(c) transfer funds between capital and income accounts to recover or deduct any receipt previously credited to the account from which the funds are to be recovered where such corrections are fair and reasonable in all the circumstances and are undertaken in accordance with accepted business practice; and  
(d) deduct from income an amount that is fair and reasonable in all the circumstances to meet the cost of depreciation, and add the amount to capital, in accordance with accepted business practice.
(2) Subject to (5) below, the trustee’s powers under (1) above should replace the traditional rules concerning apportionment between capital and income, and those traditional rules are abolished.
(3) The trustee’s powers under (1) above should apply to all trusts established before the date on which the new Act comes into force despite anything to the contrary in the terms of the trust.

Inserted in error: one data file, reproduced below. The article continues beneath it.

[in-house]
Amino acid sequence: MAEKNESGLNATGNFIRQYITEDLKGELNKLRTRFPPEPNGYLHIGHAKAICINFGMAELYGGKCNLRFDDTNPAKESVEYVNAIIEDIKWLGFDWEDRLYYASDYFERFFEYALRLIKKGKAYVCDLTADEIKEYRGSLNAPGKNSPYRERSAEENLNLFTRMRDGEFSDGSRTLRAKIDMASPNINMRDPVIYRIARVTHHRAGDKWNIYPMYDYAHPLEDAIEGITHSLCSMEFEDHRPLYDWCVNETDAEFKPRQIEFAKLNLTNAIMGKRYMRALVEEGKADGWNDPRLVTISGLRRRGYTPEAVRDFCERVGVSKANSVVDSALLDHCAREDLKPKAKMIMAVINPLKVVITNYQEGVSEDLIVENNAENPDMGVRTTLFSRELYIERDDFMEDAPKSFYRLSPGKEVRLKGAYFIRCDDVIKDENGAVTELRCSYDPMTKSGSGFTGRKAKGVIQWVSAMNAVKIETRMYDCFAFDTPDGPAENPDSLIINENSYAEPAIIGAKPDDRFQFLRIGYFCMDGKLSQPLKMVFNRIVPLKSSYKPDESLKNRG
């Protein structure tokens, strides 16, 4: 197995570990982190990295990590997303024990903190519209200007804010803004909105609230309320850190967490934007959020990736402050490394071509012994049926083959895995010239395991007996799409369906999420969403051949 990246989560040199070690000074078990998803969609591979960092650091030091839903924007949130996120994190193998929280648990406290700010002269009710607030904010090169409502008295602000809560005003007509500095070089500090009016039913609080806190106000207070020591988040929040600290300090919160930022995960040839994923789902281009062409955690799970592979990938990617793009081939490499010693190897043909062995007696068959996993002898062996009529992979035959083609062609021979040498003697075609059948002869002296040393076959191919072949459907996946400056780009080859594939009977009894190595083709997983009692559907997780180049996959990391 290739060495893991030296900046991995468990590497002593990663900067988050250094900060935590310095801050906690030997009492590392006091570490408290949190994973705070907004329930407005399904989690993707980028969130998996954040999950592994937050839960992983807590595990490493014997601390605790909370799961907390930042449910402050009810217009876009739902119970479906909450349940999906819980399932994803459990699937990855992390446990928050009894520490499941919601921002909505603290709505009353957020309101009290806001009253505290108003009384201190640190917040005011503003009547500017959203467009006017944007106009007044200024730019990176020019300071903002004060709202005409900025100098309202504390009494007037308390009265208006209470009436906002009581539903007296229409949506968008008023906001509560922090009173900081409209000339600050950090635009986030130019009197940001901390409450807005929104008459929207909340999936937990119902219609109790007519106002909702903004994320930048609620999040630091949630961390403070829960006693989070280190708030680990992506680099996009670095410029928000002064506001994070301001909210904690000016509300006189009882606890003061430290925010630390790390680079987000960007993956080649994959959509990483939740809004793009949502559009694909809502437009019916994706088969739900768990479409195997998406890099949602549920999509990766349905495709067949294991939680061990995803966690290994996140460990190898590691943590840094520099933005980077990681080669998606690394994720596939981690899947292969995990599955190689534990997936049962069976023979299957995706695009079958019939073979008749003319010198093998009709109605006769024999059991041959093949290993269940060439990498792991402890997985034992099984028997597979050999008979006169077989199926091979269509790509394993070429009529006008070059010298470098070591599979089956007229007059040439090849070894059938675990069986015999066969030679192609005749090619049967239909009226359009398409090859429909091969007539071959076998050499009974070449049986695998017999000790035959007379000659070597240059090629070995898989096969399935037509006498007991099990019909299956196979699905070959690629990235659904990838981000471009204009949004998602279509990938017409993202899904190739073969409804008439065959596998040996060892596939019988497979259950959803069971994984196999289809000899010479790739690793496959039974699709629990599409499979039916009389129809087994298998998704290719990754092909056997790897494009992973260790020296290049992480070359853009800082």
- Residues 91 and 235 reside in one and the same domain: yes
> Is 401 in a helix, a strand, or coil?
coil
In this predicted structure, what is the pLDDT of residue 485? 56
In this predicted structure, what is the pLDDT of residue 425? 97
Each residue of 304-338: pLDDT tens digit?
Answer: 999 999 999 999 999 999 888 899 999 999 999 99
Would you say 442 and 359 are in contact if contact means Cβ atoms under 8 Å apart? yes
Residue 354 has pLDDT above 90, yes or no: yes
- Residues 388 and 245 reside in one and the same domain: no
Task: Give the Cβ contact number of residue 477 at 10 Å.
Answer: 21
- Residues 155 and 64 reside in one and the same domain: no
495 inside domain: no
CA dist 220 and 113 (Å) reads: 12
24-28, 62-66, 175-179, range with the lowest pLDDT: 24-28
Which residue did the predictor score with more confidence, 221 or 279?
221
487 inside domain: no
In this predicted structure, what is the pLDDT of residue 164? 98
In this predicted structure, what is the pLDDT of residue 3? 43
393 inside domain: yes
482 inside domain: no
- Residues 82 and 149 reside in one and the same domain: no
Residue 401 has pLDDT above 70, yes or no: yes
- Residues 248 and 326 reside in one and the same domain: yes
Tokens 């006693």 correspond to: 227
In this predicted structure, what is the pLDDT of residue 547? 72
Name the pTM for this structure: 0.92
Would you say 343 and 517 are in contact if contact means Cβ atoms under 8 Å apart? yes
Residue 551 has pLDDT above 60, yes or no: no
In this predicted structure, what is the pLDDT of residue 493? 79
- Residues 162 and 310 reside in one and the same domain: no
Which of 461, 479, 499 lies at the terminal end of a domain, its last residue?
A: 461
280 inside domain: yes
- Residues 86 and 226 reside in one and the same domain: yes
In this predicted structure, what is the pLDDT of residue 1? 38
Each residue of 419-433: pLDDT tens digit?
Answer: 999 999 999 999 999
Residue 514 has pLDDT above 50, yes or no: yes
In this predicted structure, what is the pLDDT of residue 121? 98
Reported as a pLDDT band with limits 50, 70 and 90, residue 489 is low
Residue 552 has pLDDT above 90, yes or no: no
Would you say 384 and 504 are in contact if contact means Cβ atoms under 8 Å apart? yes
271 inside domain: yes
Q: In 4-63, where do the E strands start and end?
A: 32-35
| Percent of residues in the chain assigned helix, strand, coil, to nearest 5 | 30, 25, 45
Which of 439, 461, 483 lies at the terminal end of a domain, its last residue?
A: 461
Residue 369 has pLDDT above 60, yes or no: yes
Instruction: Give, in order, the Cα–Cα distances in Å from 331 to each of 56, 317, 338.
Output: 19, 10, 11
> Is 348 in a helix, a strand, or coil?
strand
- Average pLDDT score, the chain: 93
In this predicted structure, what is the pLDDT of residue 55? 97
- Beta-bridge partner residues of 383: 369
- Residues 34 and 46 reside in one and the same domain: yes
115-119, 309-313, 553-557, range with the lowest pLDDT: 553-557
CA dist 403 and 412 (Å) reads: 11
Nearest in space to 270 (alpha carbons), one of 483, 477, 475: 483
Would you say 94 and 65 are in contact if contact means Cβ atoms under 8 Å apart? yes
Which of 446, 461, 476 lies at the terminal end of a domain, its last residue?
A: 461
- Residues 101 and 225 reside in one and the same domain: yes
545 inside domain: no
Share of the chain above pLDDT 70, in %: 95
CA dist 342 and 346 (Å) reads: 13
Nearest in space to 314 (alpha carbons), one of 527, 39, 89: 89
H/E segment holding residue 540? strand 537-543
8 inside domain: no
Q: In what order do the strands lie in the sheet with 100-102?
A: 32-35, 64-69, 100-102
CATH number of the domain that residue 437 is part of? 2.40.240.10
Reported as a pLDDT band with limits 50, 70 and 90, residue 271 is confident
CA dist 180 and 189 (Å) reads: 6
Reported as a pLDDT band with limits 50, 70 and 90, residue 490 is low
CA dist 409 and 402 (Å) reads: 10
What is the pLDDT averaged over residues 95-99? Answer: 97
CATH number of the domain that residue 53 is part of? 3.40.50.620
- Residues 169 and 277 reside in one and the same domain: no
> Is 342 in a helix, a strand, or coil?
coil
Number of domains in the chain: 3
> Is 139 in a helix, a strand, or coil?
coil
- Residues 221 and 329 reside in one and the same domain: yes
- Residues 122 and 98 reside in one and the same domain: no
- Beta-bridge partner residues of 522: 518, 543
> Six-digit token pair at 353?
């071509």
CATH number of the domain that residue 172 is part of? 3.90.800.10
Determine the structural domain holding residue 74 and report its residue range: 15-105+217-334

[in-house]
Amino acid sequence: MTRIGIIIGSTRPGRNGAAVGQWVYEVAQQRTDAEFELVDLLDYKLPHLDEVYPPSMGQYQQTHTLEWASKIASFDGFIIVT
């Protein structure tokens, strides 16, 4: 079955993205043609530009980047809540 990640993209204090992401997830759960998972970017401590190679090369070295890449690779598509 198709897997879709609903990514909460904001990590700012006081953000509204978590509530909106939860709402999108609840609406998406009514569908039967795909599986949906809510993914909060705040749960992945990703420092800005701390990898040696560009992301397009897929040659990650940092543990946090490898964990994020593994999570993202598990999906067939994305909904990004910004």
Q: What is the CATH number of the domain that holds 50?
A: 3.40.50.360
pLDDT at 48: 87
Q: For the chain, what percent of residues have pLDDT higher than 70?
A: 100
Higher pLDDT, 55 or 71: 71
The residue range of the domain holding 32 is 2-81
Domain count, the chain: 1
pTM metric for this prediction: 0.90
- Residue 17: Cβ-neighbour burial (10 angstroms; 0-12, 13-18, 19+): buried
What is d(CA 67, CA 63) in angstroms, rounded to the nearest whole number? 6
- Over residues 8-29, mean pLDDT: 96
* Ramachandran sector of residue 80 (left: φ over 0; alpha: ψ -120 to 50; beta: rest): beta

(4) In relation to trusts established on or after the date on which the new Act comes into force, (1) above should be a default provision that applies unless it is modified by the terms of the trust.
(5) The apportionment rules in the Property Law Act 2007 will continue to apply where the trustee is the landlord, tenant, vendor or purchaser of land.

Investment managersTop

R17 The new Trusts Act should provide that:
(1) Trustees are authorised to appoint investment managers and give them authority to make investment decisions.
(2) The appointment of investment managers should be subject to the following legislative safeguards:
(a) trustees must act honestly and in good faith (R2(1)(c)) and exercise the reasonable care, diligence and skill of a prudent person of business (R14(2)) when appointing an investment manager, and must review the investment manager’s performance periodically;  
(b) trustees must create a written policy statement that gives guidance as to how investment functions are to be exercised by an investment manager setting out the general investment objectives, and require investment managers to agree to comply with the policy statement; and  
(c) trustees are liable for any default of their investment manager where the trustees have failed to act honestly and in good faith (R2(1)(c)) and exercise the reasonable care, diligence and skill of a prudent person of business (R14(2)) when making the appointment of a manager or monitoring the investment manager’s performance.